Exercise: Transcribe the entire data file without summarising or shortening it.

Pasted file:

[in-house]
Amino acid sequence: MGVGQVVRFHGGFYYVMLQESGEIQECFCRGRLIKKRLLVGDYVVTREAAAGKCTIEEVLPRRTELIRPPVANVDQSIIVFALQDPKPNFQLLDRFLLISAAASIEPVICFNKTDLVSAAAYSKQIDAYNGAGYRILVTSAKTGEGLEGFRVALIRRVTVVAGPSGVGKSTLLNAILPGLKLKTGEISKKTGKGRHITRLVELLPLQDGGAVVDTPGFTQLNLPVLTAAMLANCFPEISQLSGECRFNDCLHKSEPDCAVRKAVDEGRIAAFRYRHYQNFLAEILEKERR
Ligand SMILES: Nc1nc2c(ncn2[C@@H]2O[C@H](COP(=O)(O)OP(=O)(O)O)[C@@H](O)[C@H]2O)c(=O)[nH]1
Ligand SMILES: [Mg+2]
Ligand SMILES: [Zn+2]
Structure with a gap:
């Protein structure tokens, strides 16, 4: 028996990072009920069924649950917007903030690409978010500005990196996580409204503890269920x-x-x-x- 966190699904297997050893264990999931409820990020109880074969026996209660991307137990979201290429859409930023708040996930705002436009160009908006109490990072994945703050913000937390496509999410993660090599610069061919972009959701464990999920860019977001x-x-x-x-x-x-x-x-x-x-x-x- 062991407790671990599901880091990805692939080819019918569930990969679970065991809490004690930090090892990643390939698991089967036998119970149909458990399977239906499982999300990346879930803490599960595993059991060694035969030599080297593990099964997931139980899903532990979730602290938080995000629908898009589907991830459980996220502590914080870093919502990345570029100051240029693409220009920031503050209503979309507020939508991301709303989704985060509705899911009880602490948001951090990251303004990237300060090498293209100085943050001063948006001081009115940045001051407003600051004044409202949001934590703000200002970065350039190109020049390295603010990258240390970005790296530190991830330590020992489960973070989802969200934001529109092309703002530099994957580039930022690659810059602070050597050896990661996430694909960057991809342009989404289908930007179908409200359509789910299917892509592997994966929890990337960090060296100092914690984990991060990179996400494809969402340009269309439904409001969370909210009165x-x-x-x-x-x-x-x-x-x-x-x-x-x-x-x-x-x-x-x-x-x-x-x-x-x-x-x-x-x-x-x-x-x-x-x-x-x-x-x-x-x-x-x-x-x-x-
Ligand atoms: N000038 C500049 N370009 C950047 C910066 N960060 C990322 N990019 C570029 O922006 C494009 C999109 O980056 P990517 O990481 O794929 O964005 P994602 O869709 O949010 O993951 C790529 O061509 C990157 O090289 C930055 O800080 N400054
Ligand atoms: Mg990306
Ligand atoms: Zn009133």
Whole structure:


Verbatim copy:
[in-house]
Amino acid sequence: MGVGQVVRFHGGFYYVMLQESGEIQECFCRGRLIKKRLLVGDYVVTREAAAGKCTIEEVLPRRTELIRPPVANVDQSIIVFALQDPKPNFQLLDRFLLISAAASIEPVICFNKTDLVSAAAYSKQIDAYNGAGYRILVTSAKTGEGLEGFRVALIRRVTVVAGPSGVGKSTLLNAILPGLKLKTGEISKKTGKGRHITRLVELLPLQDGGAVVDTPGFTQLNLPVLTAAMLANCFPEISQLSGECRFNDCLHKSEPDCAVRKAVDEGRIAAFRYRHYQNFLAEILEKERR
Ligand SMILES: Nc1nc2c(ncn2[C@@H]2O[C@H](COP(=O)(O)OP(=O)(O)O)[C@@H](O)[C@H]2O)c(=O)[nH]1
Ligand SMILES: [Mg+2]
Ligand SMILES: [Zn+2]
Structure with a gap:
């Protein structure tokens, strides 16, 4: 028996990072009920069924649950917007903030690409978010500005990196996580409204503890269920x-x-x-x- 966190699904297997050893264990999931409820990020109880074969026996209660991307137990979201290429859409930023708040996930705002436009160009908006109490990072994945703050913000937390496509999410993660090599610069061919972009959701464990999920860019977001x-x-x-x-x-x-x-x-x-x-x-x- 062991407790671990599901880091990805692939080819019918569930990969679970065991809490004690930090090892990643390939698991089967036998119970149909458990399977239906499982999300990346879930803490599960595993059991060694035969030599080297593990099964997931139980899903532990979730602290938080995000629908898009589907991830459980996220502590914080870093919502990345570029100051240029693409220009920031503050209503979309507020939508991301709303989704985060509705899911009880602490948001951090990251303004990237300060090498293209100085943050001063948006001081009115940045001051407003600051004044409202949001934590703000200002970065350039190109020049390295603010990258240390970005790296530190991830330590020992489960973070989802969200934001529109092309703002530099994957580039930022690659810059602070050597050896990661996430694909960057991809342009989404289908930007179908409200359509789910299917892509592997994966929890990337960090060296100092914690984990991060990179996400494809969402340009269309439904409001969370909210009165x-x-x-x-x-x-x-x-x-x-x-x-x-x-x-x-x-x-x-x-x-x-x-x-x-x-x-x-x-x-x-x-x-x-x-x-x-x-x-x-x-x-x-x-x-x-x-
Ligand atoms: N000038 C500049 N370009 C950047 C910066 N960060 C990322 N990019 C570029 O922006 C494009 C999109 O980056 P990517 O990481 O794929 O964005 P994602 O869709 O949010 O993951 C790529 O061509 C990157 O090289 C930055 O800080 N400054
Ligand atoms: Mg990306
Ligand atoms: Zn009133």
Whole structure: